Saturday, May 17, 2008

Little House on the Prairie

Now that Frances (who played at her first coffeehouse at Hungry Monk last night and was absolutely adorable) is 7 and more tolerant of longer stories with fewer pictures at bedtime, Brian and I have started to read to her books we loved as children. Brian read to her The Book of Three (thereby passing along yet another geeky joy to our child--fantasy) and for the past couple of weeks I have been reading Little House on the Prairie.

I remember loving this book, remember happily reading through all the books in the series and watching the show after school on TBS. What I didn't remember was how horribly racist the book is. It seemed like every other page had some character saying, "The only good Indian is a dead Indian" or bitching about the government moving settlers out of Indian territory. And Pa Ingalls's desire to live as far off the grid as possible (they end up on the prairie after Pa moves the family out of the little cabin in the big woods because the big woods was getting too crowded--they saw a wagon pass by everyday) verged on the pathological. It was all very disappointing and sad.

Frances loved the book, though, even if she did think the Ingalls were wrong to build their cabin on land that belonged to someone else.

1 comment:

ThatDeborahGirl said...

Ah, the Little House conundrum. We're not alone. I also remember going through the same thing over Little Women, Anne of Green Gables, Caddie Woodlawn and Rebecca of Sunnybrook Farm.

The first Little House book I read was "These Happy Golden Years" when I was in junior high. Not long after the tv show started showing in syndication right when I got home from school and I quickly went back and read the other books.

I considered the books "the real thing" and the tv show just for fun. Michael Landon got so far off base by the time they adopted Albert it wasn't barely fun anymore.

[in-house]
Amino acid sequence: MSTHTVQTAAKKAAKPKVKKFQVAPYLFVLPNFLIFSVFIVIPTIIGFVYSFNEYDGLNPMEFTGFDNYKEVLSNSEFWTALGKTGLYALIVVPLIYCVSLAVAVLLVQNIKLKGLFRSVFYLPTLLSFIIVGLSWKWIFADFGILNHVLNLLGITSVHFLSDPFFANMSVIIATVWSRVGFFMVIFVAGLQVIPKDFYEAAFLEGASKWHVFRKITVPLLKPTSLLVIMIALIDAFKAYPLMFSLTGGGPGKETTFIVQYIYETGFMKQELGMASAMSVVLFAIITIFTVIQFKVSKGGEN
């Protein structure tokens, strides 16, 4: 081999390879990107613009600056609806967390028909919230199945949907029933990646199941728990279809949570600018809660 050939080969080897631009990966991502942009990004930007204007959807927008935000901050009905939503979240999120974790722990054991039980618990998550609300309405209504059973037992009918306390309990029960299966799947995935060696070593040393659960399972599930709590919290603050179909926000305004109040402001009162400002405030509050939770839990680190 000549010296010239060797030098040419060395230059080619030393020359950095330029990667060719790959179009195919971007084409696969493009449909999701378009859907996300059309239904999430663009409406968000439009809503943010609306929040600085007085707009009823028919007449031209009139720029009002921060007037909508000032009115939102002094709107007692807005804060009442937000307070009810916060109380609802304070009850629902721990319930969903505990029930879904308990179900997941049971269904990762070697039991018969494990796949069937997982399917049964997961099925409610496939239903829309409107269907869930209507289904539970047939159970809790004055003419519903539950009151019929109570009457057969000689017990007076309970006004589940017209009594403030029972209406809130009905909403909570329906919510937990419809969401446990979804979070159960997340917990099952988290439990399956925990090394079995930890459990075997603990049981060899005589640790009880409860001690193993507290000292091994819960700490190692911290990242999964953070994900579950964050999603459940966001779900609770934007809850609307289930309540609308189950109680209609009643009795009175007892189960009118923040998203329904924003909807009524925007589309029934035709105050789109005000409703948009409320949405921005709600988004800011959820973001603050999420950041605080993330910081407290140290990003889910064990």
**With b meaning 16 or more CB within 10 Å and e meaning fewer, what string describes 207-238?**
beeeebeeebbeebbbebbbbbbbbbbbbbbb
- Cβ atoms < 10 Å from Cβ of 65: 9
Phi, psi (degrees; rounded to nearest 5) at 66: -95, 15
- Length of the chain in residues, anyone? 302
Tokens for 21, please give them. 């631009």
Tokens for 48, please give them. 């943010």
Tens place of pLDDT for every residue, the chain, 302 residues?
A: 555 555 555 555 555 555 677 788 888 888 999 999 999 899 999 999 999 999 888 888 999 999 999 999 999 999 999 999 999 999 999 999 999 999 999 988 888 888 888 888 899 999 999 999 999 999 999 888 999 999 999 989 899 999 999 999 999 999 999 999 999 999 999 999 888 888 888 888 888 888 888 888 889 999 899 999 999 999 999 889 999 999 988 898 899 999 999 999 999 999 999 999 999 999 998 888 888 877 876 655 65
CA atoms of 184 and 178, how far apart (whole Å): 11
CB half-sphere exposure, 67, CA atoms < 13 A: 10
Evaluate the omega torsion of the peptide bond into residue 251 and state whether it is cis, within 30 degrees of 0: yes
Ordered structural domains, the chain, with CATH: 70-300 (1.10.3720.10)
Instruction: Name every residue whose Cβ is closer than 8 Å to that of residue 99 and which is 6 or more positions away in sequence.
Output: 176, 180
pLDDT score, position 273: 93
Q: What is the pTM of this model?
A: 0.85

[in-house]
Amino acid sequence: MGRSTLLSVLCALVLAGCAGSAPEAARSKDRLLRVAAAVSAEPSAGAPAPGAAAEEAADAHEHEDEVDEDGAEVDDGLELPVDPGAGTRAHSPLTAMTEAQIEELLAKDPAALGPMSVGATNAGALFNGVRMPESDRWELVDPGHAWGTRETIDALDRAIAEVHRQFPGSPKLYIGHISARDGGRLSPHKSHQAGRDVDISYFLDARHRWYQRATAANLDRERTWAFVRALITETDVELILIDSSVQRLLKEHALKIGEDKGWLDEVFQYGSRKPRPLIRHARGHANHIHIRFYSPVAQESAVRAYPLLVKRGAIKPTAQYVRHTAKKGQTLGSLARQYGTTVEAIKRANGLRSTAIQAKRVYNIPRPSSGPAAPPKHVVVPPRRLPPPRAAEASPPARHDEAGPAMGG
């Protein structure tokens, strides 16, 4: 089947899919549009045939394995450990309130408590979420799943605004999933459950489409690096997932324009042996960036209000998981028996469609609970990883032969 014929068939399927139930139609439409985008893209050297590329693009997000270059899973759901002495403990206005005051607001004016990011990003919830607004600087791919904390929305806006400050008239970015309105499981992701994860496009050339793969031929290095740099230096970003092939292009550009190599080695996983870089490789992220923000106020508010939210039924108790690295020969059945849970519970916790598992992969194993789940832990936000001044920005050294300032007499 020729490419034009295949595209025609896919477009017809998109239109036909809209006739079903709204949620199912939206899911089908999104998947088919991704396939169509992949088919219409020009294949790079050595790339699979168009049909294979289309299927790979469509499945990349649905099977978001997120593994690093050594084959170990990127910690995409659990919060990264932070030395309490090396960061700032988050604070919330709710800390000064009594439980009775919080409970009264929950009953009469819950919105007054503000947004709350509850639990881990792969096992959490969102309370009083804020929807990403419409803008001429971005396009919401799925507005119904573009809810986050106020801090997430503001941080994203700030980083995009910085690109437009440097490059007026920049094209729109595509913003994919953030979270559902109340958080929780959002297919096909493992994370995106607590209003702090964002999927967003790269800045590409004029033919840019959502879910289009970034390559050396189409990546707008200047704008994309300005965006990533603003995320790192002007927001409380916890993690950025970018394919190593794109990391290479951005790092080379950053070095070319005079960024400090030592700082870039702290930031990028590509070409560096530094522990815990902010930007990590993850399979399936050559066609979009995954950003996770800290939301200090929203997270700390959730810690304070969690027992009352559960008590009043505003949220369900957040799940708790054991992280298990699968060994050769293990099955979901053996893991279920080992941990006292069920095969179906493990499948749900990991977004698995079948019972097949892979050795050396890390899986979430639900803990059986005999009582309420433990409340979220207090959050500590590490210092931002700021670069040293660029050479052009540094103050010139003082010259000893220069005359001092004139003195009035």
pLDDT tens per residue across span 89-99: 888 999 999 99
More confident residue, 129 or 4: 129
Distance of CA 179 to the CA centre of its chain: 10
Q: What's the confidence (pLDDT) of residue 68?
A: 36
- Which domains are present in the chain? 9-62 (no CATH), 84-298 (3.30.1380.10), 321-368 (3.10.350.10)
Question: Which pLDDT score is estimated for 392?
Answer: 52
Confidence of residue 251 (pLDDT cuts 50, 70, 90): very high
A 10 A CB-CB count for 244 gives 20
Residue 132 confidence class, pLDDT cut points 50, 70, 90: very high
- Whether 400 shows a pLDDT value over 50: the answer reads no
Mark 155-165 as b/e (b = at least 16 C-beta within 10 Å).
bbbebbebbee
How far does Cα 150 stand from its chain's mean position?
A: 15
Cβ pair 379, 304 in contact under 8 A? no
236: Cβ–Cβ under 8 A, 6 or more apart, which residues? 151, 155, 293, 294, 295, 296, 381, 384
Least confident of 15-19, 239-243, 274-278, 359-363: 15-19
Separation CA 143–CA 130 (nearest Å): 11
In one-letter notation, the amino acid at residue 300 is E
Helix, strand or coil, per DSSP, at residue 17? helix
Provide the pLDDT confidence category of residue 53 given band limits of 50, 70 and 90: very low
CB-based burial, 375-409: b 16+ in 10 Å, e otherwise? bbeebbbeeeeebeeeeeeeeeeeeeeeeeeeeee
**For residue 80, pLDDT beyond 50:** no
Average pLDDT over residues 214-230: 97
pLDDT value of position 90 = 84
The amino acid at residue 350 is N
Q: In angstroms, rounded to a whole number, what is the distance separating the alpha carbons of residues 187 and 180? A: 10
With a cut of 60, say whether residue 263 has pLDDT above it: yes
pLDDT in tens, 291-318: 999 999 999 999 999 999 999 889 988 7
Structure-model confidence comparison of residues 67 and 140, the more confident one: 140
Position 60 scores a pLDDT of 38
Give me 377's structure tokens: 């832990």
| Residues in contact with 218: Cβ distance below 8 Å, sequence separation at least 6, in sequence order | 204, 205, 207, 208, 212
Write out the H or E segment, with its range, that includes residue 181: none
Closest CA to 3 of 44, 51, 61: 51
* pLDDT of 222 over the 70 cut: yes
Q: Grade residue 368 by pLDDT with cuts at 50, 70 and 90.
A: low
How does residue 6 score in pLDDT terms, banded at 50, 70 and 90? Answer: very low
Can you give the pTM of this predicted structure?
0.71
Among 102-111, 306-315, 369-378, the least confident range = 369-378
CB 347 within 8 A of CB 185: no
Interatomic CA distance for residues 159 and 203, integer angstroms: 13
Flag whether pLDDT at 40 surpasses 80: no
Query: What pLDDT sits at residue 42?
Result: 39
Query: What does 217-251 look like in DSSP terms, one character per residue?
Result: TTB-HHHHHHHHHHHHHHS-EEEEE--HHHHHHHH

Recently, I discovered this essay which made me really question just how blinded I had been by the books.

People always get around to talking about the racists overtones of the books and, please forgive me, white folks always start with the Indians, but the sting of that "darky minstrel show" hit me even in junior high.

Laura disapproves Ma's racism of the Indians and she makes this clear. However she also makes clear that the "darky" show was hilarious entertainment and her biggest concern was never the portrayal of "darkies" but where the heck Pa was the whole time and that he was missing the fun.

At any rate, despite the underlying bigotry, I as a black woman, enjoy this series a lot and re-read it from time to time and introduced my daughter to the books, carefully explaining what she was reading and answer the inevitable question about the "darkies" that I knew was going to come.

Still, I can't help but be satisfied greatly by what she said in her patent letter to fans:

The "Little House" Books are stories of long ago. Today our way of living and our schools are much different; so many things have made living and learning easier. But the real things haven't changed. It is still best to be honest and truthful; to make the most of what we have; to be happy with simple pleasures and to be cheerful and have courage when things go wrong.

I especially felt this after reading "The Long Winter". My how the cover of that book showing children throwing snowballs is misleading!